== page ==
Show Reference: "Synaptic computation underlying probabilistic inference"

Synaptic computation underlying probabilistic inference Nature Neuroscience, Vol. 13, No. 1. (13 January 2010), pp. 112-119, doi:10.1038/nn.2450 by Alireza Soltani, Xiao-Jing Wang
@article{soltani-and-wang-2010,
    abstract = {We propose that synapses may be the workhorse of the neuronal computations that underlie probabilistic reasoning. We built a neural circuit model for probabilistic inference in which information provided by different sensory cues must be integrated and the predictive powers of individual cues about an outcome are deduced through experience. We found that bounded synapses naturally compute, through reward-dependent plasticity, the posterior probability that a choice alternative is correct given that a cue is presented. Furthermore, a decision circuit endowed with such synapses makes choices on the basis of the summed log posterior odds and performs near-optimal cue combination. The model was validated by reproducing salient observations of, and provides insights into, a monkey experiment using a categorization task. Our model thus suggests a biophysical instantiation of the Bayesian decision rule, while predicting important deviations from it similar to the 'base-rate neglect' observed in human studies when alternatives have unequal prior probabilities.},
    author = {Soltani, Alireza and Wang, Xiao-Jing},
    day = {13},
    doi = {10.1038/nn.2450},
    issn = {1546-1726},
    journal = {Nature Neuroscience},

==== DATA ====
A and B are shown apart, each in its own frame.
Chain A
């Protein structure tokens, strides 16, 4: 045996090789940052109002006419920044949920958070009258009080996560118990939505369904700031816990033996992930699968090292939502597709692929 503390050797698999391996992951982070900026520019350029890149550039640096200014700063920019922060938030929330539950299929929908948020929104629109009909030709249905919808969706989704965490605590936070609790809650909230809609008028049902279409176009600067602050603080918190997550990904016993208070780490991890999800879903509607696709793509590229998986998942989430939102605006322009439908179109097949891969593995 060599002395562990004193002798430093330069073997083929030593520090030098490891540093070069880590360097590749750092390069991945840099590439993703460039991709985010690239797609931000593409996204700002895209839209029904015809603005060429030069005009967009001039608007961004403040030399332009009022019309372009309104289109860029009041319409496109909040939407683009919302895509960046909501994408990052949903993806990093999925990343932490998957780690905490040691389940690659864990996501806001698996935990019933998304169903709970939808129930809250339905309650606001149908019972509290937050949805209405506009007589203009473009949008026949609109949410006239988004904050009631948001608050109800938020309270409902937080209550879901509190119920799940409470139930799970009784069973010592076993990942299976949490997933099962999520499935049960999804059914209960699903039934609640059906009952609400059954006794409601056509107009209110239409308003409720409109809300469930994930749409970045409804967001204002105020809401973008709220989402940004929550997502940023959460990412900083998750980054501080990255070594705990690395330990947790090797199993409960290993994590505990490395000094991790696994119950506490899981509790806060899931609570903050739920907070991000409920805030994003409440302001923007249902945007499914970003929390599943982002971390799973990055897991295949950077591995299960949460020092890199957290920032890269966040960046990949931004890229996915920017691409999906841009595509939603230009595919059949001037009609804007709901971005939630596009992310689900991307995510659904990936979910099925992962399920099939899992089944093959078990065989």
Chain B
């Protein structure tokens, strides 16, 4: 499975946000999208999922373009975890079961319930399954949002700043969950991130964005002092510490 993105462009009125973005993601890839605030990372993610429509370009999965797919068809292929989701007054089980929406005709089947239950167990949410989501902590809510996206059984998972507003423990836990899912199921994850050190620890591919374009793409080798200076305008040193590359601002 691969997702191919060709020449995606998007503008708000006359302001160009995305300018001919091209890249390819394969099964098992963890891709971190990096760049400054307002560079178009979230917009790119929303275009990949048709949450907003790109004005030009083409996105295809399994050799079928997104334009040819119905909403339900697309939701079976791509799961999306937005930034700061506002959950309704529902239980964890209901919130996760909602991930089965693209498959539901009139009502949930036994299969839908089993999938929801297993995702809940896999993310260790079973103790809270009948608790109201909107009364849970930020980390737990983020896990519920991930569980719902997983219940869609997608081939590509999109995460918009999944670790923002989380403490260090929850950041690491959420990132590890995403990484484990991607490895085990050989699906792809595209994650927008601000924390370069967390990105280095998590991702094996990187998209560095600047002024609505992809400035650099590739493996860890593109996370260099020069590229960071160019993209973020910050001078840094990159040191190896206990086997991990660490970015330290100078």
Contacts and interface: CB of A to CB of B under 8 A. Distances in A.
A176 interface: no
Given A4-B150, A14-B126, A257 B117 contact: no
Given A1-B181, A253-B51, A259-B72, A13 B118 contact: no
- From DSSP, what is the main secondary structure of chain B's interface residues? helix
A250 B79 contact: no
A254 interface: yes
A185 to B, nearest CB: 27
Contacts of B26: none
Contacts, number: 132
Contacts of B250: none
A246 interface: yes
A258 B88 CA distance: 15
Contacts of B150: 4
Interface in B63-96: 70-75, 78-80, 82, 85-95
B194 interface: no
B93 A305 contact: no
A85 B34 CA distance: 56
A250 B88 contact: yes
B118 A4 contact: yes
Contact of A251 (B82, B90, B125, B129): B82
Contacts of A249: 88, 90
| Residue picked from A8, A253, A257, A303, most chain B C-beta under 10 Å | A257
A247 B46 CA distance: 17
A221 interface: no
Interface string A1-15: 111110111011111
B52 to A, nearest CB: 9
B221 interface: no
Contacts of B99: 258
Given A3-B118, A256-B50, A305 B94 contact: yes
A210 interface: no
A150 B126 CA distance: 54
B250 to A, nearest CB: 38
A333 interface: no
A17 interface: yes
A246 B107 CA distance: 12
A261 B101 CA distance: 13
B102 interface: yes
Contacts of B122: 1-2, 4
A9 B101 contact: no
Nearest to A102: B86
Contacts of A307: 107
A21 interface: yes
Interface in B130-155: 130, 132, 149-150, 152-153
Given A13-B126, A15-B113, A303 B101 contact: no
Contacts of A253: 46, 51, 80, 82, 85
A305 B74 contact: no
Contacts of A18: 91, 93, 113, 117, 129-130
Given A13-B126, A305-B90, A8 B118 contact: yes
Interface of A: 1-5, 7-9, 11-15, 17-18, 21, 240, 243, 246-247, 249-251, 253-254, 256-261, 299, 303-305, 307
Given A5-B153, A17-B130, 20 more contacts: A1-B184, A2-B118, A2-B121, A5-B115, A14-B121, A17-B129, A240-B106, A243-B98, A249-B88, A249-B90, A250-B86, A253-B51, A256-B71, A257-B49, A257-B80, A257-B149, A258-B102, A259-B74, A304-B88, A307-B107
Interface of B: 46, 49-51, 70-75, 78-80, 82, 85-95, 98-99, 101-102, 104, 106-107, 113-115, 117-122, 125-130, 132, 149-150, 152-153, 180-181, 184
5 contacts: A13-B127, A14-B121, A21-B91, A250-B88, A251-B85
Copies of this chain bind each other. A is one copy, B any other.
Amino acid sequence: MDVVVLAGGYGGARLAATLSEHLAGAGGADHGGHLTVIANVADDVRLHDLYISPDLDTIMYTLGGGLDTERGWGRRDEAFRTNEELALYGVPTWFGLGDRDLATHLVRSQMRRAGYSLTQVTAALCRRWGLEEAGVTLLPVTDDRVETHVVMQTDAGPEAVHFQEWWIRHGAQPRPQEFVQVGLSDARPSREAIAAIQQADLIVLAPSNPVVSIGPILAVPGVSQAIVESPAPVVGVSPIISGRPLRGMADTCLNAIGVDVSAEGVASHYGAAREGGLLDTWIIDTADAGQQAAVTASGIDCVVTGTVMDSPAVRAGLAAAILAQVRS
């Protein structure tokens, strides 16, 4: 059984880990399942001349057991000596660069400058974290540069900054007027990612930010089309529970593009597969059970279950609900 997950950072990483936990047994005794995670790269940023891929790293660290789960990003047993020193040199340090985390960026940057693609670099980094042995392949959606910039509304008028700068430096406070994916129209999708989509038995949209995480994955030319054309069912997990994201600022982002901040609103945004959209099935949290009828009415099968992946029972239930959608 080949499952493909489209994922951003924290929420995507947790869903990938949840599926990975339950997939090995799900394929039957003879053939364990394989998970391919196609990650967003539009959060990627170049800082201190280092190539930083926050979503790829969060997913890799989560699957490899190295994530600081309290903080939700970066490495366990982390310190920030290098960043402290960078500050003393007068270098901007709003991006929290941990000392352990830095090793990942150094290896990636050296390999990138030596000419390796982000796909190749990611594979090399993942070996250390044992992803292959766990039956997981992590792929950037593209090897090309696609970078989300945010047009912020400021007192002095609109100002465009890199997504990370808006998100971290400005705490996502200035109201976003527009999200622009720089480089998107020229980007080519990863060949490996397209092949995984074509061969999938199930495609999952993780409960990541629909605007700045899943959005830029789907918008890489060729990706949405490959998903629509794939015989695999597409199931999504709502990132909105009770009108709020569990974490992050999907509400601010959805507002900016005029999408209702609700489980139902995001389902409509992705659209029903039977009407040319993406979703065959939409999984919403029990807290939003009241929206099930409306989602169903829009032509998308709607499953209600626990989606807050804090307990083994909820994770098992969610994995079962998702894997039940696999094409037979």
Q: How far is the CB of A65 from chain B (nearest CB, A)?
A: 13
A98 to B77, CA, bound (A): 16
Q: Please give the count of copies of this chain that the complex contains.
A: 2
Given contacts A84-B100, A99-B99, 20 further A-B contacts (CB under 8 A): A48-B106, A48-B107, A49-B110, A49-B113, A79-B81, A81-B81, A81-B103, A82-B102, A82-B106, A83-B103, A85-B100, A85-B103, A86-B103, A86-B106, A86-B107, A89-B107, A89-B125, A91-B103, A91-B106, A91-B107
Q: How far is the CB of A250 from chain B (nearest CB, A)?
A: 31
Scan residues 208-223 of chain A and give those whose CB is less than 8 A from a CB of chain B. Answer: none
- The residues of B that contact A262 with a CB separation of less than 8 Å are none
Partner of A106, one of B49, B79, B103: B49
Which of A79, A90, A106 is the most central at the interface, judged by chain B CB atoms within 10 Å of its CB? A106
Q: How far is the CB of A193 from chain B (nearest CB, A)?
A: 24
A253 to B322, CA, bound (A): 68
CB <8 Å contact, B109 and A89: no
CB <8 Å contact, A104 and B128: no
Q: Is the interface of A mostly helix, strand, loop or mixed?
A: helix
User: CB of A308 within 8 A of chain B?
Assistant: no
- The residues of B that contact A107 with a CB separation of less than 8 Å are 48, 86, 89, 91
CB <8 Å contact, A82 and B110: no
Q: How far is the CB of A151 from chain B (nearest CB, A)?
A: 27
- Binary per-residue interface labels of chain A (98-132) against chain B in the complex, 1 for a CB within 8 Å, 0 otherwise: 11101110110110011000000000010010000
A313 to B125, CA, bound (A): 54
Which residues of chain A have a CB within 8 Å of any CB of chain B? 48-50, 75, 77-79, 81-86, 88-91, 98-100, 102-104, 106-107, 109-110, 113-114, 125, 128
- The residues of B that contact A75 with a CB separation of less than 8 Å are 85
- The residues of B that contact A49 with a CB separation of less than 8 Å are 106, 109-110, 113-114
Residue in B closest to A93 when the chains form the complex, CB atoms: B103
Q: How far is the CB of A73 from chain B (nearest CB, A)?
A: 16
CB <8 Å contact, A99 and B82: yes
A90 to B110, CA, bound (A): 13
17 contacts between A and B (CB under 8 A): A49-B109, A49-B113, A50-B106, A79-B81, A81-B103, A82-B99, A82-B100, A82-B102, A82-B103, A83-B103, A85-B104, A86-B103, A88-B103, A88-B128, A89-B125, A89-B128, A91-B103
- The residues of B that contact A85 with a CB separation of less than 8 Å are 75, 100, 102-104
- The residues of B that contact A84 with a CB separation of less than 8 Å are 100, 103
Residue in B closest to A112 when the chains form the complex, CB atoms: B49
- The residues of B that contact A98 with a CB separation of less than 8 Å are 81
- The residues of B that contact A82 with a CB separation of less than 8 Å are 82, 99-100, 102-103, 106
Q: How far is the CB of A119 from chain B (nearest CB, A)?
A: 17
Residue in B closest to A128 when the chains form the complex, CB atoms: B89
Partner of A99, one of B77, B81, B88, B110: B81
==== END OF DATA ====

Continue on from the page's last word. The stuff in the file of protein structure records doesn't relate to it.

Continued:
keywords = {ann, bayes, model},
    month = jan,
    number = {1},
    pages = {112--119},
    pmcid = {PMC2921378},
    pmid = {20010823},
    posted-at = {2013-01-11 08:19:08},
    priority = {2},
    publisher = {Nature Publishing Group},
    title = {Synaptic computation underlying probabilistic inference},
    url = {http://dx.doi.org/10.1038/nn.2450},
    volume = {13},
    year = {2010}
}

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Soltani and Wang propose an adaptive neural model of Bayesian inference neglecting any priors and claim that it is consistent with certain observations in biology.

LIP seems to encode decision variables for saccade direction.

Soltani and Wang argue that their model is consistent with the 'base rate neglect' fallacy.

The base rate fallacy is a fallacy occuring in human decision making in which humans estimate a posterior probability without properly taking account of the prior probability (i.e. solely on the basis of the likelihood).

Soltani and Wang propose an adaptive model of Bayesian inference with binary cues.

In their model, a synaptic weight codes for the ratio of synapses in a set which are activated vs. de-activated by the binary cue encoded in their pre-synaptic axon's activity.

The stochastic Hebbian learning rule makes the synaptic weights correctly encode log posterior probabilities and the neurons will encode reward probability correctly.

Soltani and Wang propose a learning algorithm in which neurons predict rewards for actions based on individual cues. The winning neuron stochastically gets reward depending on the action taken.

One of the benefits of Soltani and Wang's model is that it does not require their neurons to perform complex computations. By simply counting active synapses, they calculate log probabilities of reward. The learning rule is what makes sure the correct number of neurons are active given the input.

Soltani and Wang only consider percepts and reward. They do not model any generative causes behind the two.

LIP is retinotopic and involved in gaze shifts.